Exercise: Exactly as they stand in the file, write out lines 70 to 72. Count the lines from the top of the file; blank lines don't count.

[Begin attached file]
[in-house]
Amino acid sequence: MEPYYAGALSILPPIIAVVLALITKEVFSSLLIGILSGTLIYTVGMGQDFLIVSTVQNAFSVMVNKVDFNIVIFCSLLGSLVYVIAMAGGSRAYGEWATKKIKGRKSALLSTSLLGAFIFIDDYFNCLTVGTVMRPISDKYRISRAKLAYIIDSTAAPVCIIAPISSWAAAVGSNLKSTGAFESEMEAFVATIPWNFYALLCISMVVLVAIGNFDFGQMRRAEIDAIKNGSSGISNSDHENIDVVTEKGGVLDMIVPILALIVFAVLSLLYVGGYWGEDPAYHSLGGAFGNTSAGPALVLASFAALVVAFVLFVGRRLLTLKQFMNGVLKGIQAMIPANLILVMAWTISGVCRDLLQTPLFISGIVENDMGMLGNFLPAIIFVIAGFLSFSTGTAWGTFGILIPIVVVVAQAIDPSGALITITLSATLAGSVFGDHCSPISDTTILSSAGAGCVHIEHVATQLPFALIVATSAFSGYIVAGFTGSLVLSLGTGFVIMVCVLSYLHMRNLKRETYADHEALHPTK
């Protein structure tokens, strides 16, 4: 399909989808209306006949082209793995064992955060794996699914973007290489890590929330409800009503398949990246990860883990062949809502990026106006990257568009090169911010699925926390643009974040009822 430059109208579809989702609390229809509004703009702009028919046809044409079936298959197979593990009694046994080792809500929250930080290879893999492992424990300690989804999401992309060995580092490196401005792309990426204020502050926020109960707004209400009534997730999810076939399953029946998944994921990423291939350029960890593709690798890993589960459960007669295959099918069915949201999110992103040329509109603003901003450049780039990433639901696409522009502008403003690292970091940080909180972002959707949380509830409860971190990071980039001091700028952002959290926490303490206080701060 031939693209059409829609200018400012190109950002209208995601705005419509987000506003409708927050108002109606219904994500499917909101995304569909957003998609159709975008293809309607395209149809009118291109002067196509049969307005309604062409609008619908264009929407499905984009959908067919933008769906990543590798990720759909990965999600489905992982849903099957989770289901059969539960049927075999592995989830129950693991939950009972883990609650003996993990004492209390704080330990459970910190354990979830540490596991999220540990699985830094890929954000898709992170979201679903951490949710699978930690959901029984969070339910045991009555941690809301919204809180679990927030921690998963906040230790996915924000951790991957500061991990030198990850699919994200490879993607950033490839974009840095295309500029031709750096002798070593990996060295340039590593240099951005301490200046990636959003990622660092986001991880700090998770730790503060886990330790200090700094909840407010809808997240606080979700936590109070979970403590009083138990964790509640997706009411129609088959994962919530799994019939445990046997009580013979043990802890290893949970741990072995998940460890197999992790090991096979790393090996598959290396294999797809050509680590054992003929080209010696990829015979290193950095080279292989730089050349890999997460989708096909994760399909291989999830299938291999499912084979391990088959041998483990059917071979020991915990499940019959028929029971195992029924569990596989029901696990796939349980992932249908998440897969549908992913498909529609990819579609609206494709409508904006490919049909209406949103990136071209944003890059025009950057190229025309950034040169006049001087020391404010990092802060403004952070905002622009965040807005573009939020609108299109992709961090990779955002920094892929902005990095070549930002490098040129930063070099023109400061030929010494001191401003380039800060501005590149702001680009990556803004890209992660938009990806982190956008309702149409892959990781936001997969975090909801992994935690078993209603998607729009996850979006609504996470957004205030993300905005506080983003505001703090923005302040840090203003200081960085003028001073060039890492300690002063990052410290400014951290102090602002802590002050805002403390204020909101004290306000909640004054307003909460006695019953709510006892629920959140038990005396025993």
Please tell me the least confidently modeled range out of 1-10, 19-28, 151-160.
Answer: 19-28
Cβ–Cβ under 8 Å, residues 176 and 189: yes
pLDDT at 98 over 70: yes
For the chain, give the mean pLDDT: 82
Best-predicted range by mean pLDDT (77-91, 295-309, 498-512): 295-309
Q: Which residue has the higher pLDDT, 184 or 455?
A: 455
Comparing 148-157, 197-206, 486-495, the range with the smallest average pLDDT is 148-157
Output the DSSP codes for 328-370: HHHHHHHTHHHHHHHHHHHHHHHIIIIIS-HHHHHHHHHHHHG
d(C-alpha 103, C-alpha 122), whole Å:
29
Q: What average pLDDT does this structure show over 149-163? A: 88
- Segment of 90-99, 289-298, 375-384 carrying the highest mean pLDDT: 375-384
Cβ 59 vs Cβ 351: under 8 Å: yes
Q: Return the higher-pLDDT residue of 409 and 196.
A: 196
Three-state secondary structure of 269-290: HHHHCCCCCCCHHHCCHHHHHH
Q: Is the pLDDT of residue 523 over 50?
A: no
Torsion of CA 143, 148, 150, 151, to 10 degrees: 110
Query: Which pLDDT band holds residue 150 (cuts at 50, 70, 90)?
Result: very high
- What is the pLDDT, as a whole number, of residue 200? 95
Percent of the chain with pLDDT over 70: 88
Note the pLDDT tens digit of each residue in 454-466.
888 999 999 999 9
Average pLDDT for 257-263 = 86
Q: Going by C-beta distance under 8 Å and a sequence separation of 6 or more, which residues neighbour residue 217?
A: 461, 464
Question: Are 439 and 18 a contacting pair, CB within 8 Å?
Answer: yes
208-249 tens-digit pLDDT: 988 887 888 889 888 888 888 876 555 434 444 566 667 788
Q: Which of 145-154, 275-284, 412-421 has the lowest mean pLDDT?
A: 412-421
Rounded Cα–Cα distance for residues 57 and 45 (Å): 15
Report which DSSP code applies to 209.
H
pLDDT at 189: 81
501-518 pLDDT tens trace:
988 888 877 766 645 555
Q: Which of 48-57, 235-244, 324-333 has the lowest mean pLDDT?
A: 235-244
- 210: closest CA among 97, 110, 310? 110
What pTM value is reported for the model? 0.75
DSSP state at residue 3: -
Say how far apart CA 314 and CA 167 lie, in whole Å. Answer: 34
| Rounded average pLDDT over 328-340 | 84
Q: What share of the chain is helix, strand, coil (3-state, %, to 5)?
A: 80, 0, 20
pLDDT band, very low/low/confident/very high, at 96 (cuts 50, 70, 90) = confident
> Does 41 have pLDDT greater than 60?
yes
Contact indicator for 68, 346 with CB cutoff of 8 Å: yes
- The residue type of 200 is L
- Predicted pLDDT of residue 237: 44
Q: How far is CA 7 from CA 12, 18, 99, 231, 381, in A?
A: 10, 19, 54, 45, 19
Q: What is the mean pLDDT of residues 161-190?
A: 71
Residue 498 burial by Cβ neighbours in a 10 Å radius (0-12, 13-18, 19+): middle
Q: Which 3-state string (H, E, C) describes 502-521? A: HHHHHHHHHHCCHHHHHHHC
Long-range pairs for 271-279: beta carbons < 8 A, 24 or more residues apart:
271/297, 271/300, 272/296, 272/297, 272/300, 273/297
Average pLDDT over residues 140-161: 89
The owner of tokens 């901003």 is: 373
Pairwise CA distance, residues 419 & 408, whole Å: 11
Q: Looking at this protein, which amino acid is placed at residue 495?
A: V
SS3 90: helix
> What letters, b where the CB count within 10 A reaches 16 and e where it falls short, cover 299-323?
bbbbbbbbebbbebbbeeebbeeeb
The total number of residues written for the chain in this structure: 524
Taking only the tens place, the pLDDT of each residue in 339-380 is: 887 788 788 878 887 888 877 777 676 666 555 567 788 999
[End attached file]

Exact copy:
Pairwise CA distance, residues 419 & 408, whole Å: 11
Q: Looking at this protein, which amino acid is placed at residue 495?
A: V